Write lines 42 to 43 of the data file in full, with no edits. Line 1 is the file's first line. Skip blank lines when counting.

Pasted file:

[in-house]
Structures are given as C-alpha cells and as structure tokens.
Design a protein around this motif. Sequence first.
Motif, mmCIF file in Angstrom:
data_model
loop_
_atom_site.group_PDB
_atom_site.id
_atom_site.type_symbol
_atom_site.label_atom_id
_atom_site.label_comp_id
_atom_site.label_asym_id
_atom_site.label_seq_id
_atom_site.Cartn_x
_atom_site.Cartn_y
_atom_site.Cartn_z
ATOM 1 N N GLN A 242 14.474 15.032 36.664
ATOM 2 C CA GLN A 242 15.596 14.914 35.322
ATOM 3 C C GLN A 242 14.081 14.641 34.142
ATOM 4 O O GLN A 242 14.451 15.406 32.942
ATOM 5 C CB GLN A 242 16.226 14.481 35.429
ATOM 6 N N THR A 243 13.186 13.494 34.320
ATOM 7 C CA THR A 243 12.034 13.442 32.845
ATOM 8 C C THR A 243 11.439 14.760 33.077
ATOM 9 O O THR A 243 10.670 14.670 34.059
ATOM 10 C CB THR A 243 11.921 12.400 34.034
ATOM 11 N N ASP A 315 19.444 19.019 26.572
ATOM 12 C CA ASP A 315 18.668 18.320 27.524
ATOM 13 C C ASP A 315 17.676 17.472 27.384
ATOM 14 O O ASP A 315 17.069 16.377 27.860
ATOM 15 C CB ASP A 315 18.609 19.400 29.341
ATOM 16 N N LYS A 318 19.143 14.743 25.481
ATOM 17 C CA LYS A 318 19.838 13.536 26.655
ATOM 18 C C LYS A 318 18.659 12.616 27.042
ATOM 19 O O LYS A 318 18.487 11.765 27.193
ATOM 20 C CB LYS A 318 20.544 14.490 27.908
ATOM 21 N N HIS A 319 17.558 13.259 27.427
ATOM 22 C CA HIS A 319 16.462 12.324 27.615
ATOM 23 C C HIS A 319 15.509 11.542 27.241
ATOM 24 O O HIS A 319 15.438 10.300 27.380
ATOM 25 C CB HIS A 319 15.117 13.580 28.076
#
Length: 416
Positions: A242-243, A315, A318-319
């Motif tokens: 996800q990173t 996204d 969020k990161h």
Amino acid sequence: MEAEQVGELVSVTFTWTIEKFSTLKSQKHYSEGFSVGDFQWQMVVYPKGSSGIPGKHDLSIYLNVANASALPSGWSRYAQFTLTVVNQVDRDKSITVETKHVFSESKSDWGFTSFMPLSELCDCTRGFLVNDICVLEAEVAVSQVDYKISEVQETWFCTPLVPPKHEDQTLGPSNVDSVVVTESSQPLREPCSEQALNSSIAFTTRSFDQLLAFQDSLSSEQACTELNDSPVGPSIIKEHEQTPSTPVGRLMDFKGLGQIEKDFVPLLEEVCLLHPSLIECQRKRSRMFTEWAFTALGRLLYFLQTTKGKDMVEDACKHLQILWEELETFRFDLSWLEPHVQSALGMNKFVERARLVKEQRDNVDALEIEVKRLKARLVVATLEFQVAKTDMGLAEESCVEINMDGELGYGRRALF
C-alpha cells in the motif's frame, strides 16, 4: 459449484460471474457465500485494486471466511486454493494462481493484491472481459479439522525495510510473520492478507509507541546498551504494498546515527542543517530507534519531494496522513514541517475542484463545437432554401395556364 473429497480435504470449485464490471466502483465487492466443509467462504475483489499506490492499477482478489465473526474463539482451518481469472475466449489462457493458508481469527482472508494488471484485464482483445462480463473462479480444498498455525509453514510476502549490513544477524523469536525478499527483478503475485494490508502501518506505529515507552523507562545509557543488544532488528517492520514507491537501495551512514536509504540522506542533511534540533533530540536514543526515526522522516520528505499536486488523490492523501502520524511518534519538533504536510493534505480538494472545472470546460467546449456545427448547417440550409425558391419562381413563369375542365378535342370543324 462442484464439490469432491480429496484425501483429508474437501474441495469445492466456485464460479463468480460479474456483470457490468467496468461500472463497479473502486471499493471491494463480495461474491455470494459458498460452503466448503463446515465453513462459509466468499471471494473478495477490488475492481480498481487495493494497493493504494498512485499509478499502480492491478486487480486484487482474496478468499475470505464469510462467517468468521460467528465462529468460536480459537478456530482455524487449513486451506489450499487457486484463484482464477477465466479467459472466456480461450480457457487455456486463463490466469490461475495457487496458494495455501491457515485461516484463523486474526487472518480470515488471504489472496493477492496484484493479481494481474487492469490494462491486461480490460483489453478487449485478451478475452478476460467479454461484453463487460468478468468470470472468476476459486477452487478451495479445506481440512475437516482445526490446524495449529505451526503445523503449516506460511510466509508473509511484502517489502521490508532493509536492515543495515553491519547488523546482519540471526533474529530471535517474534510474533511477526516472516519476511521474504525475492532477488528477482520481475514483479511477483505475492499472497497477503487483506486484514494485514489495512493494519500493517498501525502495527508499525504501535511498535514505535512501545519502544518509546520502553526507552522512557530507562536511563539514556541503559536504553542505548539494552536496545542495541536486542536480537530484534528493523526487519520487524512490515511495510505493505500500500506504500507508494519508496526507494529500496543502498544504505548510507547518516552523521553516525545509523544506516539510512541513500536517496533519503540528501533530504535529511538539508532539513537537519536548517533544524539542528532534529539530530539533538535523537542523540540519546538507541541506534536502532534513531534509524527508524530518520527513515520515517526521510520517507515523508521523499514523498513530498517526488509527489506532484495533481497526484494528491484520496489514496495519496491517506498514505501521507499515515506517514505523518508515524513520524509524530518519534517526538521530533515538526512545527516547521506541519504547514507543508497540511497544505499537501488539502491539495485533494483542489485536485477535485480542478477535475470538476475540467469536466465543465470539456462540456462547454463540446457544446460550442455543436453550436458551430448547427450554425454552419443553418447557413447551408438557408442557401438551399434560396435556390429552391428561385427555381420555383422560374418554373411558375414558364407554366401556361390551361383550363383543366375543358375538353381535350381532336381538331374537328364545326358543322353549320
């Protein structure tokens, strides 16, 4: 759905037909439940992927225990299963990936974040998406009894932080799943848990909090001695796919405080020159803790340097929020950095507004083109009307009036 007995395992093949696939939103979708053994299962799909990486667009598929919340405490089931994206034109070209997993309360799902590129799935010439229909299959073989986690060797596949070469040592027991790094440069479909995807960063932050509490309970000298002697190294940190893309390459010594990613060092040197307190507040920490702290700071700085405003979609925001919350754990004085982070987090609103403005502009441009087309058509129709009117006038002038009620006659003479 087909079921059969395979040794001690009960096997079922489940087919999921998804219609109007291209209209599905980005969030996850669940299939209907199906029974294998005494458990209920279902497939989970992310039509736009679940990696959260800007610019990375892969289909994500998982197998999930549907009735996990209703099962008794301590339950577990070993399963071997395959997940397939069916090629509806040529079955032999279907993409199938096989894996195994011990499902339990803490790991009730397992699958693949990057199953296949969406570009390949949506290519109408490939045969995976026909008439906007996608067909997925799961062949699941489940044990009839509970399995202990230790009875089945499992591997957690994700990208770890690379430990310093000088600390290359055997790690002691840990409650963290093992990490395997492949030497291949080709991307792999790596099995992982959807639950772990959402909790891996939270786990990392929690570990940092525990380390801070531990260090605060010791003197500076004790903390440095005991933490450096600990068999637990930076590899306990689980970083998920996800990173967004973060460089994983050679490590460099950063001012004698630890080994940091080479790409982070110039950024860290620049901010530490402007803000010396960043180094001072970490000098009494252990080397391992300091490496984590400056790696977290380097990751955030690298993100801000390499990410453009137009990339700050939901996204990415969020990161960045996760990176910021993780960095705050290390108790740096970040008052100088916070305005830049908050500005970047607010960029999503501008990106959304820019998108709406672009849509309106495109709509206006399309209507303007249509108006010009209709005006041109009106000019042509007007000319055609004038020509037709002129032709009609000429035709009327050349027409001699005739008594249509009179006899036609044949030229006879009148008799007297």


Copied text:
#
Length: 416